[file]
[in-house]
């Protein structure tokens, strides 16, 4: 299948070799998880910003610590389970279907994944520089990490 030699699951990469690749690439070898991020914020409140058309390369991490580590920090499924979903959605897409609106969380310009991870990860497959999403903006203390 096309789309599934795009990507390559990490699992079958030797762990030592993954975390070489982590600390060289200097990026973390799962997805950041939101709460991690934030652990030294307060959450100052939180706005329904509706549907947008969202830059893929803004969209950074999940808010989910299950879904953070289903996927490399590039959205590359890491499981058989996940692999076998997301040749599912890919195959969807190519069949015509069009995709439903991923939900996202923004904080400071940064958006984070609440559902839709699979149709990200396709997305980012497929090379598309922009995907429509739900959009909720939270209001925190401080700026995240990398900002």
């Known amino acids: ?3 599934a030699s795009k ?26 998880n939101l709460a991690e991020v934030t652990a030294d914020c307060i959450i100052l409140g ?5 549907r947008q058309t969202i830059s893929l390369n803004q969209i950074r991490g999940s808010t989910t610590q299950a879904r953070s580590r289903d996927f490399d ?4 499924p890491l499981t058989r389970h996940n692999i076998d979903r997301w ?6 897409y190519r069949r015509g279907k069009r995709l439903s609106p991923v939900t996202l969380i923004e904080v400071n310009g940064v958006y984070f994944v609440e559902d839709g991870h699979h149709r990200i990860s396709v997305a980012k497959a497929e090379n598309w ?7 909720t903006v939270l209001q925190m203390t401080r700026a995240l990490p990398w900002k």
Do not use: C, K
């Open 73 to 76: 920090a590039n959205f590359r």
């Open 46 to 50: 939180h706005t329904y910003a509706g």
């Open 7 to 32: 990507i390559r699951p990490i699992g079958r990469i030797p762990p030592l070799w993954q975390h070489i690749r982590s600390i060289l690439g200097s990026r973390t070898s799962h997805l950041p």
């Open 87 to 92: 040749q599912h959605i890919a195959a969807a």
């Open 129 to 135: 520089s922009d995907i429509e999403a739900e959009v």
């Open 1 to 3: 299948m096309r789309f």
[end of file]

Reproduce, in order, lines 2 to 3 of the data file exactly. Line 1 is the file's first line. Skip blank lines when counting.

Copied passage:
């Protein structure tokens, strides 16, 4: 299948070799998880910003610590389970279907994944520089990490 030699699951990469690749690439070898991020914020409140058309390369991490580590920090499924979903959605897409609106969380310009991870990860497959999403903006203390 096309789309599934795009990507390559990490699992079958030797762990030592993954975390070489982590600390060289200097990026973390799962997805950041939101709460991690934030652990030294307060959450100052939180706005329904509706549907947008969202830059893929803004969209950074999940808010989910299950879904953070289903996927490399590039959205590359890491499981058989996940692999076998997301040749599912890919195959969807190519069949015509069009995709439903991923939900996202923004904080400071940064958006984070609440559902839709699979149709990200396709997305980012497929090379598309922009995907429509739900959009909720939270209001925190401080700026995240990398900002």
């Known amino acids: ?3 599934a030699s795009k ?26 998880n939101l709460a991690e991020v934030t652990a030294d914020c307060i959450i100052l409140g ?5 549907r947008q058309t969202i830059s893929l390369n803004q969209i950074r991490g999940s808010t989910t610590q299950a879904r953070s580590r289903d996927f490399d ?4 499924p890491l499981t058989r389970h996940n692999i076998d979903r997301w ?6 897409y190519r069949r015509g279907k069009r995709l439903s609106p991923v939900t996202l969380i923004e904080v400071n310009g940064v958006y984070f994944v609440e559902d839709g991870h699979h149709r990200i990860s396709v997305a980012k497959a497929e090379n598309w ?7 909720t903006v939270l209001q925190m203390t401080r700026a995240l990490p990398w900002k």